The sun was setting behind her. “While keeping her eyes on the aircraft,” the FBI report continued, “she observed a ‘red streak’ moving up from the ground toward the aircraft at an approximately 45 degree angle. The ‘red streak’ was leaving a light gray colored smoke trail. The ‘red streak’ went passed [sic] the right side and above the aircraft before arcing back toward the aircraft’s right wing.”
According to the FBI, Sandy described the arc’s shape “as resembling an upside down NIKE swoosh logo.” The smoke trail, light gray in color, widened as it approached the aircraft. Agent Lee Butler interviewed Sandy at her North Carolina home three days after the disaster and wrote down Sandy’s account on a 302.
“She never took her eyes off the aircraft during this time,” the 302 continued. “At the instant the smoke trail ended at the aircraft’s right wing, she heard a loud sharp noise which sounded like a firecracker had just exploded at her feet. She then observed a fire at the aircraft followed by one or two secondary explosions which had a deeper sound. She then observed the front of the aircraft separate from the back. She then observed burning pieces of debris falling from the aircraft.”
Weeks before the FBI and the National Transportation Safety Board (NTSB) were able to piece together the break-up sequence of the aircraft, Sandy had nailed it. She was the perfect eyewitness. She worked in the travel industry. She had a long-standing interest in aviation. She tracked the plane and the “flare” as separate objects. She read no more into the explosion than what she could observe.
At the Moriches Inlet, she was as close to the actual site of the explosion as any other witness, less than ten miles away. And she was not grandstanding. Just the opposite. Her friends and her fiancé were dead set against her cooperating with the FBI.
As the TWA investigation progressed past November 1996 and Bill Clinton’s successful re-election, the CIA got serious about fulfilling its unprecedented mission, namely discrediting the eyewitnesses to a domestic airline crash. By failing to interview single one of the more than 250 eyewitnesses to report an apparent missile strike, the New York Times made the CIA’s job a whole lot easier.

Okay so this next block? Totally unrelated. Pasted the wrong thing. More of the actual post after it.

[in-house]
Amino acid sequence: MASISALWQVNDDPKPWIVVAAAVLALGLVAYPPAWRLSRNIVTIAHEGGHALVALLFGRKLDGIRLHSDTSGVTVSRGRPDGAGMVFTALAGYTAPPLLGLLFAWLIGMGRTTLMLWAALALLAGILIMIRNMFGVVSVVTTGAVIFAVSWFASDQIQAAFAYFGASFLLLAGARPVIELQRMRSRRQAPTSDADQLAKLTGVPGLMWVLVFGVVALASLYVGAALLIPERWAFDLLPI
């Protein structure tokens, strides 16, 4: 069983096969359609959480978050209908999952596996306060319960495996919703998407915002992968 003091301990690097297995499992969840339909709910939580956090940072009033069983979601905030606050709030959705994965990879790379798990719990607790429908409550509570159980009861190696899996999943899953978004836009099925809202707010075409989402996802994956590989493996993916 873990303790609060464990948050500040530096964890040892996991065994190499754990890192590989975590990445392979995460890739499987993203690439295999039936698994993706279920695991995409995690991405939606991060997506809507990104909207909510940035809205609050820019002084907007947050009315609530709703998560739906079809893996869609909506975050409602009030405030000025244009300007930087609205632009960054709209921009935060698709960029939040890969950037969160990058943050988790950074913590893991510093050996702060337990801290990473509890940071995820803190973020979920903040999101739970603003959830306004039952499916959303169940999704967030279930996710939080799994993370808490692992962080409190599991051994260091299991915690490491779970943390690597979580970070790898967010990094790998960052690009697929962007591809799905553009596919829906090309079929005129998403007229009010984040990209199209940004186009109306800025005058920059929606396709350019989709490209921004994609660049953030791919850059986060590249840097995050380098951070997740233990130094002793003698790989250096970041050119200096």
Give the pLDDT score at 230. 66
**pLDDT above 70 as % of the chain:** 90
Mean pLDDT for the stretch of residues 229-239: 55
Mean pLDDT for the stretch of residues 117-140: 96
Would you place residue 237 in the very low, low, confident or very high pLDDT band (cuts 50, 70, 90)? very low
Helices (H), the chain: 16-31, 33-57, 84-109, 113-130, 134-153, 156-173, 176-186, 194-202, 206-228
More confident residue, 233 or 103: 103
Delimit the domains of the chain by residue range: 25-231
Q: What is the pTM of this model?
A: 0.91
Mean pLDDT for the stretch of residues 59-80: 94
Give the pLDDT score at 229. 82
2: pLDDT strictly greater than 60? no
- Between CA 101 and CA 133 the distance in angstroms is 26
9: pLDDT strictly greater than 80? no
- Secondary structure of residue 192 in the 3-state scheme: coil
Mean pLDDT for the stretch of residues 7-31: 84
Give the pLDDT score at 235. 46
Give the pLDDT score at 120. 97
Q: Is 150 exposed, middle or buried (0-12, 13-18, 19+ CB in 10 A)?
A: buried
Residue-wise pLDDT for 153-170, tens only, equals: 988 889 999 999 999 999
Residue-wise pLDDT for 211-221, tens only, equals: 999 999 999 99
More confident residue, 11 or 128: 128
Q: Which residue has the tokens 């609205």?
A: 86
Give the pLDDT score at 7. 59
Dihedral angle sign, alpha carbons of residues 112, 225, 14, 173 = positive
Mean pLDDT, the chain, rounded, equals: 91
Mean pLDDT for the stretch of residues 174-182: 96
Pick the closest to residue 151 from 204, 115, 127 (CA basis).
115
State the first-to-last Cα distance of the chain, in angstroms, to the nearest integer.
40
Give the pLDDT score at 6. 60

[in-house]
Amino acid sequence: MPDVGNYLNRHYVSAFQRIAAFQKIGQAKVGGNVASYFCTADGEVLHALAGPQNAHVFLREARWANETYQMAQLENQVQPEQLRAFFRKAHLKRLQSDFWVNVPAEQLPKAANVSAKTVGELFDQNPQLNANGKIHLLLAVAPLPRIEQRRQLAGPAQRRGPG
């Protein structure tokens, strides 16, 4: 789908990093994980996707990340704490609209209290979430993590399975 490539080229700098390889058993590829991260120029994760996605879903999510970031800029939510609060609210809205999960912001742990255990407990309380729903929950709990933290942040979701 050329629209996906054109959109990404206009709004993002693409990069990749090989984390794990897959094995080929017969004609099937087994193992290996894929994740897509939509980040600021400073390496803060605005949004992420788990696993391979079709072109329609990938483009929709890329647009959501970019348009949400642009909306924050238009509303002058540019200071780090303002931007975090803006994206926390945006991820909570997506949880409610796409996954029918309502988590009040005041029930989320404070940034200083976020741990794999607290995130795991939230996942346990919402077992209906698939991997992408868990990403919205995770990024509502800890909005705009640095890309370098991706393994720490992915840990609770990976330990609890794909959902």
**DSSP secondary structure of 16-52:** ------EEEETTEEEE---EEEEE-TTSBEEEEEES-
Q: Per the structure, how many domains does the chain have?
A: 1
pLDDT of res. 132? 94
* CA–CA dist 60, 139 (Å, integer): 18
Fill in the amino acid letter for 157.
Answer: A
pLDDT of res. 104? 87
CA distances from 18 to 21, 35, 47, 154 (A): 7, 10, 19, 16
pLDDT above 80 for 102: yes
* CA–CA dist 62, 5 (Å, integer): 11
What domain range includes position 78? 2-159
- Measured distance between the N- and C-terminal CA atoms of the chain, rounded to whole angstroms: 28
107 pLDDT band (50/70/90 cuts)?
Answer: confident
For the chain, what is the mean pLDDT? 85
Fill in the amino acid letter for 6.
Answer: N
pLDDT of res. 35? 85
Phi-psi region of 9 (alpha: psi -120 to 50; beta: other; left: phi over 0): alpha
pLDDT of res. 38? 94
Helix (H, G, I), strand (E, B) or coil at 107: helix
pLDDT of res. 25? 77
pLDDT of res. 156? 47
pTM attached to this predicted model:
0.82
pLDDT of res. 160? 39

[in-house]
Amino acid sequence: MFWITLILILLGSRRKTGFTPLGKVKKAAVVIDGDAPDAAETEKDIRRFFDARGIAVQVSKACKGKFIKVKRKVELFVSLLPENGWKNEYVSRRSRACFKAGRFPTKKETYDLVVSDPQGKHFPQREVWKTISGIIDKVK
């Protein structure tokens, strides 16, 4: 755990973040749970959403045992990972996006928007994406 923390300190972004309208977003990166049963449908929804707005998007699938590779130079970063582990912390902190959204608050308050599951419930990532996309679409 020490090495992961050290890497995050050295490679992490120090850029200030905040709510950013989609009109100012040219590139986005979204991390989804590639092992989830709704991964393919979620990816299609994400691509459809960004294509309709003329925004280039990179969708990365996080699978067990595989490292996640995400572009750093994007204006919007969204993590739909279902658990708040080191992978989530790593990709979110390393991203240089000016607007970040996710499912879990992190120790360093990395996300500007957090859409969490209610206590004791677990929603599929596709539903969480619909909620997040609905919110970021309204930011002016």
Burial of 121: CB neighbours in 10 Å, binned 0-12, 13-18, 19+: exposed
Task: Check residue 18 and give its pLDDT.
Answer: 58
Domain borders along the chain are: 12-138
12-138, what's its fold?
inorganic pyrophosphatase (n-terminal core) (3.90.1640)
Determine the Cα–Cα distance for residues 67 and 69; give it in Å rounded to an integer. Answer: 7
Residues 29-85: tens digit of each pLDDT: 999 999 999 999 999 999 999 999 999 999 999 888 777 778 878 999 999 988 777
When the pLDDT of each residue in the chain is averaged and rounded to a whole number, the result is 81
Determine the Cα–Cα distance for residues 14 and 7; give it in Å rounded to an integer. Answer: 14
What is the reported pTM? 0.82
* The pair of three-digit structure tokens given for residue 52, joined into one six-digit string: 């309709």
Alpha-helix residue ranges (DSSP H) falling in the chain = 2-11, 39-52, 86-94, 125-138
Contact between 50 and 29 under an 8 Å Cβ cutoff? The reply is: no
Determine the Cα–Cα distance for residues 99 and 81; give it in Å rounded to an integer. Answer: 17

According to a theory the CIA concocted, an internal explosion blew the nose off the doomed 747. The noseless fuselage then tilted back and rocketed upright for nearly a mile. According to the CIA, this zoom climb confused hundreds of credible witnesses into merely thinking they had seen a missile.
In his conclusion, Bongardt hit the CIA hard. He recommended that the CIA “withdraw its conclusions” until it could meet several conditions, any one of which would have unraveled the CIA scenario. These included the integration of radar data, the validation of key witnesses, and the reconciliation of the thirty “problem witnesses” with the zoom climb scenario.
At the time, Bongardt likely did not know that the newly minted CIA director George Tenet had already signed off on the CIA theory. A month earlier, the politically wired Tenet had sent FBI director Louis Freeh a letter assuring him that “what these eyewitnesses saw was the crippled aircraft after the first explosion had already taken place.”
“CIA will continue to look at problematic witnesses,” the CIA’s Tauss responded. He got to work quickly. On the very day Tauss sent this memo to his superiors, April 29, 1997, a second “302” was prepared for the most “problematic” of the FBI eyewitnesses, Witness 73.
In this second interview, Witness 73 conceded that she had been drinking ‘Long Island Ice Tea’ cocktails” before witnessing the explosion, a concession that undermined her original testimony. As “Sandy” told me years later, she did not know what a Long Island Iced Tea was, did not drink, and, like Wire and Brumley, did not give a second interview.
As a coup de grace, whoever put the second 302 in Witness 73’s file put Bongardt’s name on it. The Deep State was playing hardball even then.